Emotion Flashcards

Emotion Flashcards are a great and versatile tool for teaching basic emotion vocabulary. You can find lots of emotion cards online and in parent-teacher resource stores. You can even have fun creating your own by taking and printing pictures of your child and family members acting out different emotions. 

Suggestions for use:

Rule #1 - Make it fun! The most important thing to remember about using emotion flashcards, or teaching emotion skills in general, is to keep it fun! We learn best through play. These cards are not meant to be used as a test or quiz. 

Emotion Naming. This is the most simple and introductory use of the cards. Simply spend time together looking at the faces and naming the emotions, much like you would a storybook. This builds both emotion recognition and language skills! For children who are not yet verbal or don't use verbal communication, you may do all the talking. For children who are learning to talk, you might encourage them to repeat the emotion words back to you. 

 "This boy looks happy. Can you say happy?" 

You might extend it further by talking about what you see. What is it about the person's facial expression or body language that shows what they are feeling?

"This girl is frowning. I think she must be sad."

"She has her arms crossed and her eyebrows are furled. I think she must be mad." 

Making Emotion Faces. Take turns making the faces on the cards to each other. Be willing to get silly and have fun. 

"This is a calm face [demonstrate a calm face]. Now you show me calm..."

Emotion Charades. Take turns drawing a card and acting out the faces. See if the other person can guess the emotion. Don't get caught up in the nuances of the words. It doesn't really matter if the emotion is "happy" or "silly." As long as they are in the ballpark, especially at first. If their answer surprises you, use it as an opportunity to explore the emotion more.

"Oh! You think that looks like a mad face. Can you tell me more about that?" 

Emotion Hunt. Set out a few cards at a time. For young children, or those who need more support, start with just two cards. Ask them to point to the emotion as you call it out. Add more cards to the array as they are able. This is particularly useful for people who use alternative communication strategies such as picture exchange or an AAC device.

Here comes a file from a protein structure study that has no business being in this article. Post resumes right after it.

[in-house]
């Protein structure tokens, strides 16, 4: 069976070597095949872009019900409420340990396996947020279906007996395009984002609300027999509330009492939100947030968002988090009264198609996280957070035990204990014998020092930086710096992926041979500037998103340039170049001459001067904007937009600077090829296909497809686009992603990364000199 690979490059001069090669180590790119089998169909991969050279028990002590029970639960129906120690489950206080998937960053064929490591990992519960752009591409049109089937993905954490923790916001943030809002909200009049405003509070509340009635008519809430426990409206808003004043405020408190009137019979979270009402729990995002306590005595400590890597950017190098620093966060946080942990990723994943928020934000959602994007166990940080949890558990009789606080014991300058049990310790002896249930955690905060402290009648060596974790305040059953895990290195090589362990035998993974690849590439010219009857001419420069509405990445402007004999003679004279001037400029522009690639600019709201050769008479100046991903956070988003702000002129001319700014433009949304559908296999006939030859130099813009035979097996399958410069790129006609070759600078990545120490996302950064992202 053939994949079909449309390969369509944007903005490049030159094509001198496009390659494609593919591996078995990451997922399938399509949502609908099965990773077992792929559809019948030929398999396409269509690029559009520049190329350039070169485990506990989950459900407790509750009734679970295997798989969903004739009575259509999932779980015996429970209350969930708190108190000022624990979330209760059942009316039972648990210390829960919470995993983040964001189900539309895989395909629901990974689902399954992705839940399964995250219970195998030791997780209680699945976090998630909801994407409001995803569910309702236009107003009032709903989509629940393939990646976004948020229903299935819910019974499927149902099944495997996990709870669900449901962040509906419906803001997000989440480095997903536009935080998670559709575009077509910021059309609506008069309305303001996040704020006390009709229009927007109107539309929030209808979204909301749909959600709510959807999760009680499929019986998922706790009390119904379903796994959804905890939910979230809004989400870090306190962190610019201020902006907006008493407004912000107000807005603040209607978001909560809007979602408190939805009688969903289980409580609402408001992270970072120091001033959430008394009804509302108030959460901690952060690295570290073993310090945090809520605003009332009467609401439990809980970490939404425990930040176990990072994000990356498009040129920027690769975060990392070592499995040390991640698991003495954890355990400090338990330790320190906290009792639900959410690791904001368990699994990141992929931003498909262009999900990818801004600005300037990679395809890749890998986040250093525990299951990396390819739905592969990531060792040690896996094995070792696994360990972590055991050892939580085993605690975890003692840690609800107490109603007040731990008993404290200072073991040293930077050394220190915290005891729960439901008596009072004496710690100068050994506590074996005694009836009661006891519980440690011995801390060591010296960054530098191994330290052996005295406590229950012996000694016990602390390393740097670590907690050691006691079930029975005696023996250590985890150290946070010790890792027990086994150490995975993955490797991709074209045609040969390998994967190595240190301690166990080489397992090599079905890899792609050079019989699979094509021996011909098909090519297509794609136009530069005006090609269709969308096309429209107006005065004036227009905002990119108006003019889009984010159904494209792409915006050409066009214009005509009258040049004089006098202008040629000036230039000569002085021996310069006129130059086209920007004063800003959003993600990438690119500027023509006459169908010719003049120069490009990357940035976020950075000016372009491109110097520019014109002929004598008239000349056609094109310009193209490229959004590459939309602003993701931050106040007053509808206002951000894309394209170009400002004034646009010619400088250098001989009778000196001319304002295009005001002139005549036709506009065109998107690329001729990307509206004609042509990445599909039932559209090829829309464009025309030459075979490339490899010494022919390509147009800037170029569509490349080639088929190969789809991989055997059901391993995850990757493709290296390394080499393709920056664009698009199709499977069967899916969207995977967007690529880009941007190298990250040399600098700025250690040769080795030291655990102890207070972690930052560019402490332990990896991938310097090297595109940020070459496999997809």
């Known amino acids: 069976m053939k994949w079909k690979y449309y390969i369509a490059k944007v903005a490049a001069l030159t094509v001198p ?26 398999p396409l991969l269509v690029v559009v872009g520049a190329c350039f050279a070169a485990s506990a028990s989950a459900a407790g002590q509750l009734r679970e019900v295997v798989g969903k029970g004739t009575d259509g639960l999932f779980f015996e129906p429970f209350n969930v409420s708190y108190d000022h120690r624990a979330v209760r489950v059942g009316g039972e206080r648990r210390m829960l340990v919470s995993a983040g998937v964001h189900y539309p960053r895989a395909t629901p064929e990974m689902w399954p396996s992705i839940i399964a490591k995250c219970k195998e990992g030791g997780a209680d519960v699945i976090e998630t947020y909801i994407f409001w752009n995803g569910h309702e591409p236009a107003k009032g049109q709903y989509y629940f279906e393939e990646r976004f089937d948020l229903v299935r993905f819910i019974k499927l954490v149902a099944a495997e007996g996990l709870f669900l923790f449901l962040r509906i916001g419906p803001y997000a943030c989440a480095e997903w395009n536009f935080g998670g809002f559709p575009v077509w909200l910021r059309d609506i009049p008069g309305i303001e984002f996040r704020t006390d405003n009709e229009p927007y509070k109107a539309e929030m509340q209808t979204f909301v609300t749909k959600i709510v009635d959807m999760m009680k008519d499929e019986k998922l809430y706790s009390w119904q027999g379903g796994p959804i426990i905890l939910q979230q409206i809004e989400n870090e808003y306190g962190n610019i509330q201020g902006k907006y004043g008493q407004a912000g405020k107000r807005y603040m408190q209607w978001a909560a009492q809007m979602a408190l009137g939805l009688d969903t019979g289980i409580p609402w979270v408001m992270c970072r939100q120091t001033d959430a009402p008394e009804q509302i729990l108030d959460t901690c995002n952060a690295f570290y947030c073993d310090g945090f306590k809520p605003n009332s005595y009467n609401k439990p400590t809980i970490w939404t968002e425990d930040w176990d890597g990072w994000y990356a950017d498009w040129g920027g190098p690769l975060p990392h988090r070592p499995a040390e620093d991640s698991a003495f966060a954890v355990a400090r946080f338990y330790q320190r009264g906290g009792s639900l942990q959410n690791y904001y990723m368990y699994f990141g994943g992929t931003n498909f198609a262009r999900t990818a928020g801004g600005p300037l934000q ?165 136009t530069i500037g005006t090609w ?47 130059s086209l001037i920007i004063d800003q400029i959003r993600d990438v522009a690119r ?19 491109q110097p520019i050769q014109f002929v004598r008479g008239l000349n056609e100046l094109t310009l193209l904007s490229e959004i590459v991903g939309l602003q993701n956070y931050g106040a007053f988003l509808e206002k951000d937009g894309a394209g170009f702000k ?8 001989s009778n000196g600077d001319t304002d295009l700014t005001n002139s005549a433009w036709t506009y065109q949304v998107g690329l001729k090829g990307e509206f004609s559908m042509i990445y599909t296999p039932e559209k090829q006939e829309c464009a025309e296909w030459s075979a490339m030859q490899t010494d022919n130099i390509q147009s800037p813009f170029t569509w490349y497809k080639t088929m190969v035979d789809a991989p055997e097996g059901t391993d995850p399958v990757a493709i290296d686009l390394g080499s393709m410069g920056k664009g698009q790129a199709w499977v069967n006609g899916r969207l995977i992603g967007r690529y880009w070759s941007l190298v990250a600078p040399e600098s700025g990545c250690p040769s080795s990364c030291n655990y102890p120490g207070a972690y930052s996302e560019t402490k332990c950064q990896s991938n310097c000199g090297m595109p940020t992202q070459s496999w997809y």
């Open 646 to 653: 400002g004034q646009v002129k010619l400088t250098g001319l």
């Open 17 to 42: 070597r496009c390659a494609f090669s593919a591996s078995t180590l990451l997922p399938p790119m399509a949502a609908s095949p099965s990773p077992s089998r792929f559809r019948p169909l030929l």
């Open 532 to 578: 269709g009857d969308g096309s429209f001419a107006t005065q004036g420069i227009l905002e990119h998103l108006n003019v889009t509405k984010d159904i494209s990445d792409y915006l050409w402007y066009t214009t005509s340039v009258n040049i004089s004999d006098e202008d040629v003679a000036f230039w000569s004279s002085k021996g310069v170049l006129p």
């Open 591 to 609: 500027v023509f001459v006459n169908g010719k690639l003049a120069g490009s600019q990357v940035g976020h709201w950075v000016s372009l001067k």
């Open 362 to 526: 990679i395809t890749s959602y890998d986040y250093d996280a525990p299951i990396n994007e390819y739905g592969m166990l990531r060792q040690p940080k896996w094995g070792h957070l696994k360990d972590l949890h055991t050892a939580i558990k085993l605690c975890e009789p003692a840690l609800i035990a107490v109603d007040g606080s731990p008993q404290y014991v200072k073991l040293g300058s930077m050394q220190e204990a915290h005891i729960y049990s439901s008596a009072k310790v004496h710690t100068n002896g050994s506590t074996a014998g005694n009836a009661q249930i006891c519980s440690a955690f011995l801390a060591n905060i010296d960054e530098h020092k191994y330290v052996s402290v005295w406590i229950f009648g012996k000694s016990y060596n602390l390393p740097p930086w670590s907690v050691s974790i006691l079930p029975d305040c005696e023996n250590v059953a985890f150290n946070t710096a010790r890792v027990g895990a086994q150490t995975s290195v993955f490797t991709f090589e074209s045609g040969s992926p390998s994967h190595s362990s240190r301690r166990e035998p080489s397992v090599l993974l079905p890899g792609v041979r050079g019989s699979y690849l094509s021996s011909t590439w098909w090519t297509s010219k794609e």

Conversation Starters. These cards can also be used as conversation starters to talk about emotions. Use it as an opportunity to find out more about their emotional world and to share your own. This helps to normalize having emotions - especially strong or difficult emotions. It can be very comforting to learn that caregivers also feel sad or scared sometimes. It is also a great way to talk about coping strategies.

Here are a few prompts you might use. 

  • Show me what you look like when you feel ____?

    • Role play facial expressions and body language. Take turns making faces/gestures.

  • Where in your body do you feel ___? 

    • Do they feel tension in their muscles? Funny feeling in their tummy? Hot or cold? Shaky? Heart beating fast? Share where you feel your emotions with them.

  • When was the last time you felt ___?

    • Take turns sharing a time when you and they felt this way. What did you do in that situation? What went well? What could have gone better?

  • What are some things that make you feel ___?

    • Share some situations that often bring up these feelings? What are some things you can do to prepare or make them easier?

  • What can you do when you feel ___?

    • What are some ways to feel better. Share what works for you. Ask what helps them and if there are some new things they might try.

  • Who can you talk to when you feel ___?

    • Who feels safe to talk to about these feelings, or if they are happy feelings, who would they want to share the feelings with?

Key Messages

However you use the cards, it is important to remember the key messages of Emotion Coaching: 

All Emotions are Okay.
Everyone Feels This Way Sometimes.
We Can Learn Ways to Feel and Do Better.

Emotion Flashcards Printables

We've created a free set featuring youth and young adults with Down syndrome! You can view them as an online slideshow on your phone, or print and cut them out on sturdy card stock. 

Click here to download a PDF of the Emotion Flashcards - 1 per page.

Click here to download a PDF of the Emotion Flashcards - 4 per page.

Emotion Flashcards - Filipino

Emotion Flashcards - Vietnamese